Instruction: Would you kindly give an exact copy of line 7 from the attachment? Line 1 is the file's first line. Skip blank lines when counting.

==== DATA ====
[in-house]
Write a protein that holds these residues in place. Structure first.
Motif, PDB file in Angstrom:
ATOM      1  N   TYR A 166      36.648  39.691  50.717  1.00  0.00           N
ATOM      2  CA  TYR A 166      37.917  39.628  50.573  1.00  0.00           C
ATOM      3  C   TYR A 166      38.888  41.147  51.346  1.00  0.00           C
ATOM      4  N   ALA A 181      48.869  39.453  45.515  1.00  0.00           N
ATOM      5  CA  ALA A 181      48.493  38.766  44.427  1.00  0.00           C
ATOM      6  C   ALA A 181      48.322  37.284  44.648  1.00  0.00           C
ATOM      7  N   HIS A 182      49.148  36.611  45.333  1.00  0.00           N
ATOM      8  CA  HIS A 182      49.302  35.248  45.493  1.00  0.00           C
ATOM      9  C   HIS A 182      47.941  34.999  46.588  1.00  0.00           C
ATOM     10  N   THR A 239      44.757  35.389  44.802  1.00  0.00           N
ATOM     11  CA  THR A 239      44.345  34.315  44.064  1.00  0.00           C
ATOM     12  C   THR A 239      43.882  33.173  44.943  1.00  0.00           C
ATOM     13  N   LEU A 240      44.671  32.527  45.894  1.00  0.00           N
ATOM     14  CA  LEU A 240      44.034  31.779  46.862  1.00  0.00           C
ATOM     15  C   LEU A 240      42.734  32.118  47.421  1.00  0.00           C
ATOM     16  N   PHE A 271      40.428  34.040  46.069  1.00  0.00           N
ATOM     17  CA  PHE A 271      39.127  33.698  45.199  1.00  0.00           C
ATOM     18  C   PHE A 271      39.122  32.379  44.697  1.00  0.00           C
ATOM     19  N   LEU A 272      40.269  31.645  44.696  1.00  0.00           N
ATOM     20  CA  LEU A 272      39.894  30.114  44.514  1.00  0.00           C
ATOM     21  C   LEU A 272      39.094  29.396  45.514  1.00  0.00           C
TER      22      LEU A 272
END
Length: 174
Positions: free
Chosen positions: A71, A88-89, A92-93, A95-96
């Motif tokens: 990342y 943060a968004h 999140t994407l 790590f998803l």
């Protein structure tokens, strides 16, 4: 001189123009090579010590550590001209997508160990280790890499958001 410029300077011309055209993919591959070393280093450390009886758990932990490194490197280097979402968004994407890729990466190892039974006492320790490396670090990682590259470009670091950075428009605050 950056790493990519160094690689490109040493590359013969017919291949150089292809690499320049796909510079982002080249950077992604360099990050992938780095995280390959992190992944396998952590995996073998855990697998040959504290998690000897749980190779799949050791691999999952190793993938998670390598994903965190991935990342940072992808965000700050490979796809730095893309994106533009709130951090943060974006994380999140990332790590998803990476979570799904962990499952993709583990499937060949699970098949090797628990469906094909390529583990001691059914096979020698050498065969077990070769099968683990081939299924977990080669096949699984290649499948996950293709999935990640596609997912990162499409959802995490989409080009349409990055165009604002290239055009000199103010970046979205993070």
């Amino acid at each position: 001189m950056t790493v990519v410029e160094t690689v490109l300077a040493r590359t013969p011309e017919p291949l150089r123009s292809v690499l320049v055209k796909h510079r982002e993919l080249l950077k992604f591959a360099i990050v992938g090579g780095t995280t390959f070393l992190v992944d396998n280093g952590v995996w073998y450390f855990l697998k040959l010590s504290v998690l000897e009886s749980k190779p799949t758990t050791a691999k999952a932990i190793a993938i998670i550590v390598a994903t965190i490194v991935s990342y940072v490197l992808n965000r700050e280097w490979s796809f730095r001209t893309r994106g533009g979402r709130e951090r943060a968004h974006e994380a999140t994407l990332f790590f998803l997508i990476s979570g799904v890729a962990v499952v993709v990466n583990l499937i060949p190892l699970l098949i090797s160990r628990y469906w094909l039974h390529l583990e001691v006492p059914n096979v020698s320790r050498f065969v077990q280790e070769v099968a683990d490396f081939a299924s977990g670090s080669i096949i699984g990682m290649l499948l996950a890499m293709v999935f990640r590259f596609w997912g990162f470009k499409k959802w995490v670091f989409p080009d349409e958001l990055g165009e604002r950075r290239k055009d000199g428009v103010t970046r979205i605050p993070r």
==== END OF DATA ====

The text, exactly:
ATOM      4  N   ALA A 181      48.869  39.453  45.515  1.00  0.00           N